Notorious former lobbyist Jack Abramoff tells anyone who will listen he really wants to improve his image.
Fronting a shady, dark money organization is not the best way to go about it.
Tuesday morning, Abramoff enters the Florida solar energy fray with an appearance at a news conference hosted by Conservatives for Energy Freedom. The media event is set for 10:30 a.m. at the Florida Press Center in Tallahassee.
Abramoff spent nearly four years in federal prison on a variety of charges linked to his Indian gaming lobbying practice – including conspiracy to bribe public officials. He now appears regularly across the country speaking out on the influence of money in politics.
Of that, he certainly knows well.
Even as a born-again “government reformer,” however, Abramoff insists that most of his prior actions – those of which he was convicted in court – was within the letter of the law.
In fact, at a 2012 speech before the National Conference of State Legislatures – one he needed permission from his probation officer to attend – Abramoff told the audience that “99 percent of his lobbying was ethical, and that he believes there is a need to close the loopholes in the system.”
Nevertheless, he was not sent to prison for doing legal things; he had broken the law.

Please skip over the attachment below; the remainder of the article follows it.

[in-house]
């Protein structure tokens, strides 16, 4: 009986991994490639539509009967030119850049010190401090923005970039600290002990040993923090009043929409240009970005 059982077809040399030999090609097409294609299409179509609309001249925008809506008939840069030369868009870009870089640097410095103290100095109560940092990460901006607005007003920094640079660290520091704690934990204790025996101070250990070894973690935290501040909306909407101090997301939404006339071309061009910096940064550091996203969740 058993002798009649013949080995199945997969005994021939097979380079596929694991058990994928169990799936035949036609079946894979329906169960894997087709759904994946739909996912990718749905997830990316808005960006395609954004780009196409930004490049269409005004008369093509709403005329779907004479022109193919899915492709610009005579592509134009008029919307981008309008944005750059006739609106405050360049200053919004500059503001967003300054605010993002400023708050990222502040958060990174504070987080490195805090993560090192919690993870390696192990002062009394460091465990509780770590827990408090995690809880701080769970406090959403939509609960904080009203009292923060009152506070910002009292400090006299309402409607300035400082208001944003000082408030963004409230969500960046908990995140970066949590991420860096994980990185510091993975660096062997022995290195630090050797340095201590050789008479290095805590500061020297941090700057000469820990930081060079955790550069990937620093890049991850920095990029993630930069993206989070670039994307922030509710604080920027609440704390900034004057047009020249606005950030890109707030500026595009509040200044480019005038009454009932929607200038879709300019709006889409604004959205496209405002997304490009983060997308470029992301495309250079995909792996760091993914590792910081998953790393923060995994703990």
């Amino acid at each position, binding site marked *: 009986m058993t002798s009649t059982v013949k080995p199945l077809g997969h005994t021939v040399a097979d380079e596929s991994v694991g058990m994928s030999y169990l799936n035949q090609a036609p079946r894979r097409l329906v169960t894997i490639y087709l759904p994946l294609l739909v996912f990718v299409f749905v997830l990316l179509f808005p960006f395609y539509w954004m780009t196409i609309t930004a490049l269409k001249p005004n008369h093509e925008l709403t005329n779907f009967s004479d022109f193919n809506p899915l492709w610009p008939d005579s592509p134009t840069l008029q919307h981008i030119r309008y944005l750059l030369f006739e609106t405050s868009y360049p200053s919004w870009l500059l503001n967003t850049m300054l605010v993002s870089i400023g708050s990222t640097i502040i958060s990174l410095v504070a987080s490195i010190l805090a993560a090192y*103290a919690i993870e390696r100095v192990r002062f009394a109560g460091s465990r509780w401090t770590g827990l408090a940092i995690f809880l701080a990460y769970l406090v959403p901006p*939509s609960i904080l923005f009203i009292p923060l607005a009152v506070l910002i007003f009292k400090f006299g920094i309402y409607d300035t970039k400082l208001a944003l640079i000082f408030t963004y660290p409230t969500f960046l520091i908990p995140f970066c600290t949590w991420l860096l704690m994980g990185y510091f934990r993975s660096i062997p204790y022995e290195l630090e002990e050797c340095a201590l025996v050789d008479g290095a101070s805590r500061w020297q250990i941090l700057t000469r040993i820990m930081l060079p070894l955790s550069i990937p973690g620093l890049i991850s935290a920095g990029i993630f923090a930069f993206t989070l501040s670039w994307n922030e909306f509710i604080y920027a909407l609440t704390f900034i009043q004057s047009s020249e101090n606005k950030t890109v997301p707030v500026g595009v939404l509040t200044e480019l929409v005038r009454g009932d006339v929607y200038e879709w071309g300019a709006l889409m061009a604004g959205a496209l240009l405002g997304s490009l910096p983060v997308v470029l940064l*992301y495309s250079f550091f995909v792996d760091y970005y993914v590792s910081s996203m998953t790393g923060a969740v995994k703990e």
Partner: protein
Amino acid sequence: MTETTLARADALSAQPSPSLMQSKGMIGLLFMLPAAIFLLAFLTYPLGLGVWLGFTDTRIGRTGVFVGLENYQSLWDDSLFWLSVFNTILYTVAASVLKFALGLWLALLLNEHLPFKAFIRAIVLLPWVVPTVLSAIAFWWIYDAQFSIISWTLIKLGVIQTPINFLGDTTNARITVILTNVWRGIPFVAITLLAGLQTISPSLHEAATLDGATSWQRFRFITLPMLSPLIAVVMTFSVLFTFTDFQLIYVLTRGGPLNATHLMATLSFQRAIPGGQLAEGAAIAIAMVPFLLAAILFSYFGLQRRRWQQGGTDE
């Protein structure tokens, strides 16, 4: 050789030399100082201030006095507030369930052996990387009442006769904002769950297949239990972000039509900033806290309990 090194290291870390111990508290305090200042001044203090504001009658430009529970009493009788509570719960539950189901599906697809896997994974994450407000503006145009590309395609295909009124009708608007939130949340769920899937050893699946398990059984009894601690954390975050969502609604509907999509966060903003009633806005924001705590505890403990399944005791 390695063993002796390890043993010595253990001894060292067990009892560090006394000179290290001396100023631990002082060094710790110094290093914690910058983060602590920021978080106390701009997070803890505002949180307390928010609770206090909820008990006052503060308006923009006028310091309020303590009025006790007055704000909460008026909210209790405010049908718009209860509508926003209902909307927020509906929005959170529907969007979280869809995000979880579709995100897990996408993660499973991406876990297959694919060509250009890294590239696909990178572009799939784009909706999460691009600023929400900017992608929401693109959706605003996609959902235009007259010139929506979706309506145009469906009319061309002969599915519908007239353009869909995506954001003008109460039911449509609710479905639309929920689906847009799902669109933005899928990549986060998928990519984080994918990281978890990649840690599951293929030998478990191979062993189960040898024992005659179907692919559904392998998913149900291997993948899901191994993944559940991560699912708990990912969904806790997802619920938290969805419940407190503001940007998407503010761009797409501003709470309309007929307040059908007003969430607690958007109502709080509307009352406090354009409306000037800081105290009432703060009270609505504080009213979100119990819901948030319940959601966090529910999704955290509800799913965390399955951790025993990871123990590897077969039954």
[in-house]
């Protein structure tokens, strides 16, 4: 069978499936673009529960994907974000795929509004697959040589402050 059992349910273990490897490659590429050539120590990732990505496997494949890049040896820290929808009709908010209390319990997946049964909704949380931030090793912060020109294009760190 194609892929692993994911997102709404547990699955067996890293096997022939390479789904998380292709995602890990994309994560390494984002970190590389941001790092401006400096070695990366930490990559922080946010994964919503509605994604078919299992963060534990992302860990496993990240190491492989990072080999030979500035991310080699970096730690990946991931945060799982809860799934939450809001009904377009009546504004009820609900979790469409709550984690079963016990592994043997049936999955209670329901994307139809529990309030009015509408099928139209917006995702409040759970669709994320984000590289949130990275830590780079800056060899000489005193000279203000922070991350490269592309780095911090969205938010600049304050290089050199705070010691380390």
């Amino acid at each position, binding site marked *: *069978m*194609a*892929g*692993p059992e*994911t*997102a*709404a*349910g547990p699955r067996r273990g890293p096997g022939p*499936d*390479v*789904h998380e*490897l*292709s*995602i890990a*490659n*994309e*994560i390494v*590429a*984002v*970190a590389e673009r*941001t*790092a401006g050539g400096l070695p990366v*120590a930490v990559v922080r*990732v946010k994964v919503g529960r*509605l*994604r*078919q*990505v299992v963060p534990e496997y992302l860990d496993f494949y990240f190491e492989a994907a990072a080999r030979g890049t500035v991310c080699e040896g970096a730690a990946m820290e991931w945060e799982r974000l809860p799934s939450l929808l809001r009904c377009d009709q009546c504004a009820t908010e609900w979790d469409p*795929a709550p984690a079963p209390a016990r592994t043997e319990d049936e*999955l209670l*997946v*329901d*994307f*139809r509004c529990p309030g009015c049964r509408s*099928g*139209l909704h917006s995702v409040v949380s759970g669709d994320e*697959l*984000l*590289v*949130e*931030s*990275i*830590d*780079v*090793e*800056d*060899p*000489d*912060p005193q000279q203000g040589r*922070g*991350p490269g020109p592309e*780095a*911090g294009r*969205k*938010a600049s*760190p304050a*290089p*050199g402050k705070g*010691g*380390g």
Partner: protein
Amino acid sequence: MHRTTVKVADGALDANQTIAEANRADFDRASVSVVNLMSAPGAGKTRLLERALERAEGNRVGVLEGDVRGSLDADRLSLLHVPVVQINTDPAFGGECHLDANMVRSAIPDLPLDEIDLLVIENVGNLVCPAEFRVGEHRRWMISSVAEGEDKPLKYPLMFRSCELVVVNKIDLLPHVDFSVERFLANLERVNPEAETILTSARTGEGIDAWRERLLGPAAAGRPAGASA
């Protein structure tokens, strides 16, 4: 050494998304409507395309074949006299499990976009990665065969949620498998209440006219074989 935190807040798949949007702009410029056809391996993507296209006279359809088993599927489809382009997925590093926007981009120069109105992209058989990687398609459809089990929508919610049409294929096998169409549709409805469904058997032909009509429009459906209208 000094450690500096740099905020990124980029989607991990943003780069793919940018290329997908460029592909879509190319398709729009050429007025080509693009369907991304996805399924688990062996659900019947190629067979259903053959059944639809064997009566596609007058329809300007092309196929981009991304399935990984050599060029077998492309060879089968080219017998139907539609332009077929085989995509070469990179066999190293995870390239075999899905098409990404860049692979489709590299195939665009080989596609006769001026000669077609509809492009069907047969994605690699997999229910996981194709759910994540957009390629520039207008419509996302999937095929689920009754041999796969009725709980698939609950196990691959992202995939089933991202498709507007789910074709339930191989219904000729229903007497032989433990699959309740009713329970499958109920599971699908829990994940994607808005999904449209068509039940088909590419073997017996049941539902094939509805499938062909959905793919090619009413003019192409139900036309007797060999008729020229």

It’s ironic for someone who was ultimately taken down by the system to then turn around and blame that same system, and not the corrupt individuals looking for ways to bend – or in Abramoff’s case, break – rules to their advantage.
So as he stands Tuesday morning with Conservatives for Energy Freedom to extol the virtues of the group’s proposed Solar Choice constitutional amendment, Abramoff — a former big money man – will have to face some very real and very pertinent questions.
Who is paying for him to be there, and where do they get their money?
As someone who preaches about the evils of money and its influence in politics, isn’t it hypocritical to work on behalf of a dark money group, one that existed for no more than a year and refuses to disclose its source of funding?
The group in question, Conservatives for Energy Freedom, is led by a woman who has faced a $16,000 judgment for unpaid hotel bills in Georgia, yet gives $35,000 to the Solar Choice initiative. Where do those funds come from?
Even though representatives of the group swear they are not supported by solar companies, why is it they continue to avoid disclosing a donor list, while traveling throughout the country speaking about solar?
Abramoff – who knows a thing or two about shady dealings – is not helping his rebranding effort by casting his lot with yet another shady organization, this time one with secret donors and dark money.
Certainly, there are better ways for him to rehabilitate a tarnished image.